, HARARE, Sept 6 – Zimbabwe’s main opposition party on Thursday criticised an African development organisation’s final report that partly endorsed the country’s disputed elections, calling it inaccurate and contradictory.
The Southern African Development Community (SADC) early this week issued its final report on Zimbabwe’s July 31 elections, saying the vote was free and credible, but found it “very difficult” to declare it fair.
The Movement for Democratic Change (MDC) said the report was not endorsed by all members of the 15-country bloc, and claimed it was unduly influenced by Tanzania’s foreign minister Bernard Membe, who led the 600-strong observer mission.
“We totally reject this report which we do not accept as the report of SADC,” Tendai Biti, the MDC secretary-general told reporters.
“We have consulted with other countries and we are fully aware that this was not a democratic report signed by everyone,” said Biti.
Presenting a summary of the regional bloc’s report in Harare on Monday, Membe said the elections were free and credible but it was “very difficult to say everything was fair.”
“We said and we want to reiterate that that the elections that took place on 31st July 2013 were free,” he said.
“On the question of credibility, a lot has been said to the negative. There were so many other elements that when put together elevated the election to a credible status. Therefore, this election was generally credible.”
Tanzania is a long-term ally of Zimbabwean President Robert Mugabe, a friendship that stretches back to before the end of white rule in 1980.
Explaining how the elections could be simultaneously free and fair without being credible, Membe said “the elections… were free. Free in the sense that… candidates were free to campaign, free to associate, free to express their views and the voters were free to cast their vote”.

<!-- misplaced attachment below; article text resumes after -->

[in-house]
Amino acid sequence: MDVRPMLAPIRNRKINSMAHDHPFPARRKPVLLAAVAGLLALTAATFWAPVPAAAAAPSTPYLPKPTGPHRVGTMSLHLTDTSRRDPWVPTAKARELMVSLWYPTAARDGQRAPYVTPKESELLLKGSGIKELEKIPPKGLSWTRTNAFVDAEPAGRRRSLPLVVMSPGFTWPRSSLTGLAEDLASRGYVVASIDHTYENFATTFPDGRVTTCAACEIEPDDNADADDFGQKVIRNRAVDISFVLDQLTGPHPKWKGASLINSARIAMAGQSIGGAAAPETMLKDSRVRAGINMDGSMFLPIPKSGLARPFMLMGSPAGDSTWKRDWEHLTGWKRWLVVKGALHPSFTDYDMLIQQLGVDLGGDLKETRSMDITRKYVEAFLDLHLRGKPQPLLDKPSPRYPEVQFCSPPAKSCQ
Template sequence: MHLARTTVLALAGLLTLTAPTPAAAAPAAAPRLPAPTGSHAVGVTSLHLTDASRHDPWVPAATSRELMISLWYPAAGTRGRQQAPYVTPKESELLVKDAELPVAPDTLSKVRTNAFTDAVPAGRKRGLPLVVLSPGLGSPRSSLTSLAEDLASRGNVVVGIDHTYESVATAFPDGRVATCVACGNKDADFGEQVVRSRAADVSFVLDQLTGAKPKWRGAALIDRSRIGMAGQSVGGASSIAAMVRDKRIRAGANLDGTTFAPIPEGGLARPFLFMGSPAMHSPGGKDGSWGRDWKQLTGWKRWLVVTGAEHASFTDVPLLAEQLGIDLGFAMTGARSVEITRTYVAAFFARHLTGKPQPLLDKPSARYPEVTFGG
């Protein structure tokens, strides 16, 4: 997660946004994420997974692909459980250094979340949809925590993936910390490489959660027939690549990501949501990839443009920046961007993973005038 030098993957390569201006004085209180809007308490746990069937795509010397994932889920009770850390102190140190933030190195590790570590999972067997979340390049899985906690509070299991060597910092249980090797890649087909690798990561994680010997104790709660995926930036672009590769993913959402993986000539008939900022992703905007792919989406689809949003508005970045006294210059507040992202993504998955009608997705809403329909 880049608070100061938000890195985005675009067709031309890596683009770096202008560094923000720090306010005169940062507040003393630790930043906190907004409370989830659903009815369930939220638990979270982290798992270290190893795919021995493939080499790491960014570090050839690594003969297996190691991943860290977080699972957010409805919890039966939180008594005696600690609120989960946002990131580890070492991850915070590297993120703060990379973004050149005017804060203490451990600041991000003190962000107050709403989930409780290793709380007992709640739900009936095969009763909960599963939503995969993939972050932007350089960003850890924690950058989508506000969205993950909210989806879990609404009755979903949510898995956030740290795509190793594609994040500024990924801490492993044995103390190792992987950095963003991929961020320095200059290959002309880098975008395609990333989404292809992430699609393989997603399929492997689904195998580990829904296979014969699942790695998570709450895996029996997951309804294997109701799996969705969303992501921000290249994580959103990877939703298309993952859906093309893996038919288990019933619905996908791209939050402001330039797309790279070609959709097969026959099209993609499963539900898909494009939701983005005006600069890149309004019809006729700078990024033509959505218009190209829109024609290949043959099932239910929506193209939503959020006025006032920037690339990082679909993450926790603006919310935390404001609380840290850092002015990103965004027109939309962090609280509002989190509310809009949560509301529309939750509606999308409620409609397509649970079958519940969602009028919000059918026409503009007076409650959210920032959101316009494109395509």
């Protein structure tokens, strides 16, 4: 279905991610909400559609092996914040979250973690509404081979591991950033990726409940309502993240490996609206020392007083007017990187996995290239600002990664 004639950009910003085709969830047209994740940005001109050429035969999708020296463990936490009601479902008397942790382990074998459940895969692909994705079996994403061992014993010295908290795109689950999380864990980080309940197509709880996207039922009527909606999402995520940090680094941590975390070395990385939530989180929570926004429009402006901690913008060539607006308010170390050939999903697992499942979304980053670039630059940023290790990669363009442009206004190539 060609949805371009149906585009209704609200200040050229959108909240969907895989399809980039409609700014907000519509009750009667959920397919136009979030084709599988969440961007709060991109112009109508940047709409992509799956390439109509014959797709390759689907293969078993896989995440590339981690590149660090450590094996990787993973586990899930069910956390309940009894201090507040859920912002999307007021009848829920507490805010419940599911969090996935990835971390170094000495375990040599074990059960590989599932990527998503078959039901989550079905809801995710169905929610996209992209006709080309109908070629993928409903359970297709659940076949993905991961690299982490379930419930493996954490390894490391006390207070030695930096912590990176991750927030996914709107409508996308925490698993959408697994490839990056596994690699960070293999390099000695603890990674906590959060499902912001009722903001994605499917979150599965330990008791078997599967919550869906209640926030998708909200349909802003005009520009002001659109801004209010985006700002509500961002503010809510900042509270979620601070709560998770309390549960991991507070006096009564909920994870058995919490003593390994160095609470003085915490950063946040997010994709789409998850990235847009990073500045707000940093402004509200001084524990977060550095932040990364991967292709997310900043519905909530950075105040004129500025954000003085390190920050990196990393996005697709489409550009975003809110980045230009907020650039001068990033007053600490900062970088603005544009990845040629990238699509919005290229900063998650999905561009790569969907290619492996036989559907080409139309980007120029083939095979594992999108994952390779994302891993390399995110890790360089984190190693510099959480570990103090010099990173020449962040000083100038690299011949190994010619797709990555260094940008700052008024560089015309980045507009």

The MDC party of former prime minister Morgan Tsvangirai will ask the SADC to get Membe to withdraw the Monday statement.
Biti said Zimbabwe’s vote — condemned by Western powers — fell far short of the SADC’s guidelines stipulating that elections should be “free, fair, peaceful and credible” to be acceptable.
“This election does not pass this test,” said Biti. “We are deeply concerned with signs and evidence of an international and regional body serving the interests of one party which is ZANU-PF.”
“If this is allowed to pass without condemnation and scrutiny by international law, you are setting a bad precedent,” he said, adding “The rape of democracy in Zimbabwe is the rape of democracy across the continent.”
Eighty-nine-year old President Robert Mugabe was declared winner of the polls that ended an often acrimonious power-sharing government with Tsvangirai. Mugabe took 61 percent of the vote against Tsvangirai’s 34.
Tsvangirai dismissed the vote as “a massive fraud” citing a series of complaints including a suspiciously high number of voters who were turned away from polling stations in urban areas, which are considered opposition strongholds.
He also alleged that his party’s supporters in rural areas were intimidated by Mugabe backers into feigning illiteracy, meaning ballots could be cast on their behalf by police and election officers who supported the president.